NUMSA commemorates the 100 year anniversary of the Russian Revolution

NUMSA to attend the Labour Department hearings into the National Minimum Wage today

9 November 2017, Posted in Press Releases

The National Union of Metalworkers of South Africa (NUMSA) will be attending the briefing sessions which will be hosted by the Department of Labour into the National Minimum Wage (NMW) as well as proposed changes to the Labour Law legislation.

The information sessions will be held from 10 am Thursday 9th November 2017 in Johannesburg at the Turffontein Race Course.

Below are NUMSA’s reasons for rejecting the NMW:
1. We are not opposed to the NMW in principle. We are opposed to the amount of R3500 which translates to a mere R20 per hour. The NMW in its current form has been set at a very low rate and therefore perpetuates the historical and continuing Apartheid capitalist legacy of the super exploitation of Black and African labour. Its goal is to re-inforce inequality by ensuring a pool of cheap African labour which can be exploited by Capital.

2. The miners of Marikana were massacred by the state for demanding a living wage of only R12500 per month. Their demands were justifiable and reasonable given that for the last 23 years this government has failed to improve basic living and working conditions for the working class majority. Furthermore, as the creators of wealth in the economy, miners, like all workers deserve a living wage which will allow them to raise their families with dignity.  The majority of workers continue suffer as they did under Apartheid, under the burden of poverty, unemployment and extreme inequality

3. The StatsSA Labour Market Dynamics Survey showed that the average South African worker earned an average of R4400 per month, which in itself was very low in 2012. But thanks to Deputy President Cyril ‘McBuffalo’ Ramaphosa of the ANC, who has been championing this legislation, workers will be earning even less than this if implemented.

4. In the sectors in which NUMSA organizes such as the auto and engineering sectors, workers earn almost twice as much as the NMW as a minimum rate. This is because the working class has fought long, hard bitter battles to improve wages as well as the basic working conditions. NUMSA views the proposal as an attack on the working class. But we are not surprised, after all Cyril ‘McBuffalo’ was the owner of McDonalds in South Africa which is famous for the ‘McJob’, which by definition is a low paying job with few prospects.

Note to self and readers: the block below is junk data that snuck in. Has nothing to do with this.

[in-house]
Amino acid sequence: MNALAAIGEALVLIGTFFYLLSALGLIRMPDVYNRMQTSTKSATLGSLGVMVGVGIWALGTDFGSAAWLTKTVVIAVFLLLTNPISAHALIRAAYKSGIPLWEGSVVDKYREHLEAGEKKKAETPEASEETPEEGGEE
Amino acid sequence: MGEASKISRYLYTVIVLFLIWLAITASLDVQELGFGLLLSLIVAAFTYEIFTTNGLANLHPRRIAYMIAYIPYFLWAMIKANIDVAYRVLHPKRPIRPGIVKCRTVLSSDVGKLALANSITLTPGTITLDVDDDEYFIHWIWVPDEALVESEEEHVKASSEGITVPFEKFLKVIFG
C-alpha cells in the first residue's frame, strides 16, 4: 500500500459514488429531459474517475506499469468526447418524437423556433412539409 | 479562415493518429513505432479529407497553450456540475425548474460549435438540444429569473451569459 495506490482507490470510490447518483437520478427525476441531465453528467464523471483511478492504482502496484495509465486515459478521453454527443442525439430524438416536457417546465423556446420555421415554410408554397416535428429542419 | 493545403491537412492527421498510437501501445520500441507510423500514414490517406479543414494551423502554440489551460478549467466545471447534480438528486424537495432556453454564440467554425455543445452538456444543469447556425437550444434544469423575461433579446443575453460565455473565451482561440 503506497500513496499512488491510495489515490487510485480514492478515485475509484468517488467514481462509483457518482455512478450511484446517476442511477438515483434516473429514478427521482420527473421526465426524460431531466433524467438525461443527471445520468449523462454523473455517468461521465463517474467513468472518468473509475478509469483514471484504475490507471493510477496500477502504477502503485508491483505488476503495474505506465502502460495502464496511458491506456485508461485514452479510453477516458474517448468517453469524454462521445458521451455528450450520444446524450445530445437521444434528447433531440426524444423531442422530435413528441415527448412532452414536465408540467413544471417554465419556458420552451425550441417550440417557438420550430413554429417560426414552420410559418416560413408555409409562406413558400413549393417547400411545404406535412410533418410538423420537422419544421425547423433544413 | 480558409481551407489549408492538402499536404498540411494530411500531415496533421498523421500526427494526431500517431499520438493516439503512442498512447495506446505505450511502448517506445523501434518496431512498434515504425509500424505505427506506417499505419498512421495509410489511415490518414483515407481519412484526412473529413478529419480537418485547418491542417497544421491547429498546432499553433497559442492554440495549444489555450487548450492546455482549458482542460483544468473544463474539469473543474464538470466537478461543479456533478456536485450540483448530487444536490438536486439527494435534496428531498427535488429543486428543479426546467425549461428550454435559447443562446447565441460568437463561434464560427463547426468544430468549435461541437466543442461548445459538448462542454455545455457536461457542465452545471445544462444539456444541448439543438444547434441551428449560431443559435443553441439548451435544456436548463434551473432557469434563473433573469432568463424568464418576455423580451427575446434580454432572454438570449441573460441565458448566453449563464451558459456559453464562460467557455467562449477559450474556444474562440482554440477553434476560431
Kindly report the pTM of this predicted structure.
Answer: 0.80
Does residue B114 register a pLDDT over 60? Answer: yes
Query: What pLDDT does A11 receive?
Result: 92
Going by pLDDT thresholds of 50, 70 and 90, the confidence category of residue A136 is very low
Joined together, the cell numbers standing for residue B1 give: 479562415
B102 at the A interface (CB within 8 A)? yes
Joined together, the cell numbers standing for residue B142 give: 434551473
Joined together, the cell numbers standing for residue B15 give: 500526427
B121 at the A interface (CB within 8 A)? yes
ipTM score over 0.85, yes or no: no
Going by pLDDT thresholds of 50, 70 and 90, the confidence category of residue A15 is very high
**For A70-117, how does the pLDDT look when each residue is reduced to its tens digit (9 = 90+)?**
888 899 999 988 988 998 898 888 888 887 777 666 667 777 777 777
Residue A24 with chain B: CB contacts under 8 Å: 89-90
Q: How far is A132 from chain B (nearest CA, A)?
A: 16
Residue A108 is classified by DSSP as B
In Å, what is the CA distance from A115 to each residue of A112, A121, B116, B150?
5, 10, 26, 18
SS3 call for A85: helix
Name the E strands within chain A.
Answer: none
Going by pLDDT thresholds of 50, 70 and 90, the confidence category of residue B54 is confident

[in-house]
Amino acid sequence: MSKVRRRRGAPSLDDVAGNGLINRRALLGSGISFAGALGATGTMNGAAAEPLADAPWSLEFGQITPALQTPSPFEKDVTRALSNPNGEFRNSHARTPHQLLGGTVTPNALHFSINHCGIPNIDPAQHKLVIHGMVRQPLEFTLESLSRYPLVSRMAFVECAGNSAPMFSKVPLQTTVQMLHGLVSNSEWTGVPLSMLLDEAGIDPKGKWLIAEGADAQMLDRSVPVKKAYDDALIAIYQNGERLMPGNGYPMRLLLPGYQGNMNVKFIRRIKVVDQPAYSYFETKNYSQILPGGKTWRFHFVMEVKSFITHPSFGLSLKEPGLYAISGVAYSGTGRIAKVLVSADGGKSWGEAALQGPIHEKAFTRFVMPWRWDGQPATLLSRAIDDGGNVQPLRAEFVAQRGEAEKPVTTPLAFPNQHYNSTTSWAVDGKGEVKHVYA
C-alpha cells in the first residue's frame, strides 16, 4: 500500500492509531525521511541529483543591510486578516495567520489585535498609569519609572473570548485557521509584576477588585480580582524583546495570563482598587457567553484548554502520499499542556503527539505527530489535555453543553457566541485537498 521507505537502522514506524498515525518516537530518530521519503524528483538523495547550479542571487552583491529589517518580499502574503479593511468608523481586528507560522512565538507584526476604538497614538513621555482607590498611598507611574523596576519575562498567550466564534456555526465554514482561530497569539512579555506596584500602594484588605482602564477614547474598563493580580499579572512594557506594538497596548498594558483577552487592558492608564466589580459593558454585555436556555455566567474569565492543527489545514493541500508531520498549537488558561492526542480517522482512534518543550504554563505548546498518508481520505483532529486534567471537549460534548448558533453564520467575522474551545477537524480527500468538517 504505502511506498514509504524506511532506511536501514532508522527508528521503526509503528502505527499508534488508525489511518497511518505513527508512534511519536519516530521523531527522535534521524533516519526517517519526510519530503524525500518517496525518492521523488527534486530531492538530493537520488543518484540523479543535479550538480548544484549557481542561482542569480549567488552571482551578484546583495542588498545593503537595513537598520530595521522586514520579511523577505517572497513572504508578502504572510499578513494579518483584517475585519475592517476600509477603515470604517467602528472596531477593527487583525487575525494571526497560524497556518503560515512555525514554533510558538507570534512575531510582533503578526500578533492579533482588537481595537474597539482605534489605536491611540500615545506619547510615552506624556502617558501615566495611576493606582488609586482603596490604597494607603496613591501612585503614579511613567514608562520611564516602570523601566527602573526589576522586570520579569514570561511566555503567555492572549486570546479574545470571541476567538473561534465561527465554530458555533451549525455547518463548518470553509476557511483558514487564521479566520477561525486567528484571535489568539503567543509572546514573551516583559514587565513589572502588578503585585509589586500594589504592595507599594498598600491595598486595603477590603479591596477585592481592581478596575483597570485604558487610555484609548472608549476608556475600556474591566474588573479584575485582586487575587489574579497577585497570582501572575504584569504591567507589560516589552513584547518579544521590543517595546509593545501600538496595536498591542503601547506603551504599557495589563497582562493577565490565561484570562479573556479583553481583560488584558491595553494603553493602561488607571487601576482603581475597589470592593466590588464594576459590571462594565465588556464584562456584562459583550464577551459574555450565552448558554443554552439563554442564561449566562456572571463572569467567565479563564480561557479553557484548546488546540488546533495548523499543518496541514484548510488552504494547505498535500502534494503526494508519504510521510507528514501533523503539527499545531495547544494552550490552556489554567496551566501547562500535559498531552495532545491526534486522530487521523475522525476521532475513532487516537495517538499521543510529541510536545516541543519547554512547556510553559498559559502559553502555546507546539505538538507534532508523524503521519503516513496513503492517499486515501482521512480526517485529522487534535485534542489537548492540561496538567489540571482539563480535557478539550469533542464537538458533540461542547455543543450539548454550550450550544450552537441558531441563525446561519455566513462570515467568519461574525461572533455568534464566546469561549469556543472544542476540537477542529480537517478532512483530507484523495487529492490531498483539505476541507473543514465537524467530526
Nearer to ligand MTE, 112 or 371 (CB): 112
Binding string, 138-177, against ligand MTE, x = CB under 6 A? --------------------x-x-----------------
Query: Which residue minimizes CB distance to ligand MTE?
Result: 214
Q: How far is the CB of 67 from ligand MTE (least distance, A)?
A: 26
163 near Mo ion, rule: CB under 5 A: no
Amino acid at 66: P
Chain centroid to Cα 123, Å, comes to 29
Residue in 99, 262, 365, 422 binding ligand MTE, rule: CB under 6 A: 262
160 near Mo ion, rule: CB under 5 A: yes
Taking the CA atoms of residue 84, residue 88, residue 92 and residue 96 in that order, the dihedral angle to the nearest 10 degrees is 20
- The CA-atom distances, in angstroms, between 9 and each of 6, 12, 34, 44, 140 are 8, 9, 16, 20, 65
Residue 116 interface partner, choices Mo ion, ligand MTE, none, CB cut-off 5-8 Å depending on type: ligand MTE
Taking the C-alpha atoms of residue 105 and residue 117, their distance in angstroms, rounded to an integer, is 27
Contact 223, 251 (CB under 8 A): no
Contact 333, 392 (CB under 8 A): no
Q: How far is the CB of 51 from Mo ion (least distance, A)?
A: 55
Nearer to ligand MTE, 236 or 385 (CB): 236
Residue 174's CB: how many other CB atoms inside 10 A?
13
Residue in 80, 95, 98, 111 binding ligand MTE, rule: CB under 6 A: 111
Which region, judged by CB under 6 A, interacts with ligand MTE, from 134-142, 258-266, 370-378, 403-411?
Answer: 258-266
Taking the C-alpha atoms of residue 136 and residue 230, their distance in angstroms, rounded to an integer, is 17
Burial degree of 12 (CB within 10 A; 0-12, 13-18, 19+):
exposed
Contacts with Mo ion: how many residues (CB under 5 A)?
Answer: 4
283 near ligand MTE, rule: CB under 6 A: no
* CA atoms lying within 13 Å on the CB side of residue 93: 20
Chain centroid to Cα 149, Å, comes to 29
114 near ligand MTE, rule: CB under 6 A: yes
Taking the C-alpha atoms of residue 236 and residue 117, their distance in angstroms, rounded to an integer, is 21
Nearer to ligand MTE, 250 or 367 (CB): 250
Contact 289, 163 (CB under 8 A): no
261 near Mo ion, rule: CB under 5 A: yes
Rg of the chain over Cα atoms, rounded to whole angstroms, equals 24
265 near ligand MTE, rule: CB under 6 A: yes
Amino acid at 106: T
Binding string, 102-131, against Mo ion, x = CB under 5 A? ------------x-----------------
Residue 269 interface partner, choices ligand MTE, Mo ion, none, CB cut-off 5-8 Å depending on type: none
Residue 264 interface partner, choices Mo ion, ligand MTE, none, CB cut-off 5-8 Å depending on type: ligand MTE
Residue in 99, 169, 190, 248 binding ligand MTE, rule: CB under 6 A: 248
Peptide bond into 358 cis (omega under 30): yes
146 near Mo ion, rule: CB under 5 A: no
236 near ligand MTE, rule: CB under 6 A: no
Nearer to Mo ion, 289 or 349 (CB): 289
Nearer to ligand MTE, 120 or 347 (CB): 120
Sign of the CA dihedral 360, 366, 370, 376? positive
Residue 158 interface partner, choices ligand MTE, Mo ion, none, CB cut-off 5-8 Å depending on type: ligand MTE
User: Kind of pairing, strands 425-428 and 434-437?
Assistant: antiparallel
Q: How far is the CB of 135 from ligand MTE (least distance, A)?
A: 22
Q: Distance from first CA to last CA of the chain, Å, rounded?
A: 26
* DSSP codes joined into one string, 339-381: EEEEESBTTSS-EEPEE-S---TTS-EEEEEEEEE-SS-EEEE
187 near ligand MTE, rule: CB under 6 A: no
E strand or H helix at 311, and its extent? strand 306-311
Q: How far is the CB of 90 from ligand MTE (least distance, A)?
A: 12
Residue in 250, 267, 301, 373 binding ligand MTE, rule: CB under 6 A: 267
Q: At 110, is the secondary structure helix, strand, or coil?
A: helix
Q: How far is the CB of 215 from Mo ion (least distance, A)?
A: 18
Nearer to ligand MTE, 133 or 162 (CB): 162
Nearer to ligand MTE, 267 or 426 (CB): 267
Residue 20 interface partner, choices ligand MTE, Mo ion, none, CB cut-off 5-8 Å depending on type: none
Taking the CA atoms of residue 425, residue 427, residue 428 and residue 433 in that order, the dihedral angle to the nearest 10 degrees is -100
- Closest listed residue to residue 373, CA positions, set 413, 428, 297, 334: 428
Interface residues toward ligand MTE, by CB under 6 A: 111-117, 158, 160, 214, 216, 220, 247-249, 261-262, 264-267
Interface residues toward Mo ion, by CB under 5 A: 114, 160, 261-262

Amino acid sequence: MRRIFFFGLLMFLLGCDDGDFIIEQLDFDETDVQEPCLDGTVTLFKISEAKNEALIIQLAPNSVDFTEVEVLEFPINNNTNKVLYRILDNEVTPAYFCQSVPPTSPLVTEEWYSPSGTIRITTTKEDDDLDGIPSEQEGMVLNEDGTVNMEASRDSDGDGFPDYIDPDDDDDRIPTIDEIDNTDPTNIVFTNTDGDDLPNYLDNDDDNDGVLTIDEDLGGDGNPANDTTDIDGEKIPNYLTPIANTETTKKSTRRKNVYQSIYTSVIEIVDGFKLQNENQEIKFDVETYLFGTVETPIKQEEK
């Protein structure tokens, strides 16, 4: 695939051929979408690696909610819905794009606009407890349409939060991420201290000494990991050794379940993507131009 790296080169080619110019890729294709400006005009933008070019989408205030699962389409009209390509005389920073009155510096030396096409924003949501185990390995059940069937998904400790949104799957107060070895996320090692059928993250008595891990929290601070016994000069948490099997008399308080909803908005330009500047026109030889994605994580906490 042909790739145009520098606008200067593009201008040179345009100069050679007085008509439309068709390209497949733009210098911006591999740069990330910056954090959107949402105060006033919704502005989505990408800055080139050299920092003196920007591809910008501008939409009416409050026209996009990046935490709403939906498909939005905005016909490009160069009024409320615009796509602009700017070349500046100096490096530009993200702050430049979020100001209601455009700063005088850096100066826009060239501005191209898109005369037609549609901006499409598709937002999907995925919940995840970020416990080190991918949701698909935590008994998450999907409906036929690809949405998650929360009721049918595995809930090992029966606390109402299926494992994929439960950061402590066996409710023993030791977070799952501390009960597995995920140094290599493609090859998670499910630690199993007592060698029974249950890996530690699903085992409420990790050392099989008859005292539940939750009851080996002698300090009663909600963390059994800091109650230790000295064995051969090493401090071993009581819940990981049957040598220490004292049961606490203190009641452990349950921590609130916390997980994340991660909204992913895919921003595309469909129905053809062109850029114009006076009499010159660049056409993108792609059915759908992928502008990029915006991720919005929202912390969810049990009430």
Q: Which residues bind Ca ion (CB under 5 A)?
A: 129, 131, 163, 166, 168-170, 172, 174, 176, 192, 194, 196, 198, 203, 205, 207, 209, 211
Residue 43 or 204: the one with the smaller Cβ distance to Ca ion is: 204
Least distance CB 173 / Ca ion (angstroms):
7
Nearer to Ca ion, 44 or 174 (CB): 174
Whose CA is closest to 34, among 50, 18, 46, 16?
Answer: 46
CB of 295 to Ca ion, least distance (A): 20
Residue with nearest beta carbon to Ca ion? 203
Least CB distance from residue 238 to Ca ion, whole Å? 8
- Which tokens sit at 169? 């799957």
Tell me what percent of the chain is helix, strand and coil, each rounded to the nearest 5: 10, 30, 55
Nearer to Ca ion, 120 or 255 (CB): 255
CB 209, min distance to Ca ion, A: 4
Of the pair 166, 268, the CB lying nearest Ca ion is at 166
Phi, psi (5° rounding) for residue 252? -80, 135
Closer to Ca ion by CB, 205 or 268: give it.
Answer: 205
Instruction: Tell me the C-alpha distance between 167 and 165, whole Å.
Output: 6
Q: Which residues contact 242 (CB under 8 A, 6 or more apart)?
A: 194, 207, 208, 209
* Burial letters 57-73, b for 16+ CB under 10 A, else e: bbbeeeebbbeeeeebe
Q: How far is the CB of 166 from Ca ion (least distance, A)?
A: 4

Cyril ‘McBuffalo’ has abused his trade union credentials in order to become a filthy rich capitalist, and he is pushing for the exploitation of the working class. NUMSA had proposed that the NMW should be sector based so that workers who are earning above the minimum threshold don’t suffer as a result of its implementation. The impact of implementing it as it is, is that those workers who earn above the minimum threshold will eventually lose their jobs, in order to be replaced by a younger workforce which will be exploited at a rate of R20 per hour

Furthermore we reject the proposed Accord and Code of Good Practice which has been signed by sell out trade union federations NACTU, FEDUSA and COSATU. The Accord states that we are against violence, intimidation and that we are committed to ensuring that we do not damage property when we go on strike.  We reject this Accord because it is based on a racist belief that African workers are violent, without acknowledging that Capitalism as a system is brutal on the working class. Also all strike action is guided by the legislation through picketing rules and therefore there is absolutely no reason to change from this existing practice.

Legislation in order to impose a limitation on the right to strike has also been proposed. Again workers have Cyril ‘McBuffalo’ to thank for trampling on their democratic right to withdraw their labour. He colluded with yellow trade union federations like COSATU, FEDUSA and NACTU to make it harder for workers to go on strike when fighting against the exploitation of the bosses.

We remain very resolute that the right to strike is constitutional. We will reject this attempt to undermine our rights in the streets and we will challenge it in the court of law as it attacks workers’ right to strike by a government which has refused and failed to introduce a National Minimum Wage that delivers a living wage in the best interest of the South African working class and their families.

Aluta continua!
The struggle continues!
Issued by Phakamile Hlubi
NUMSA National Spokesperson (Acting)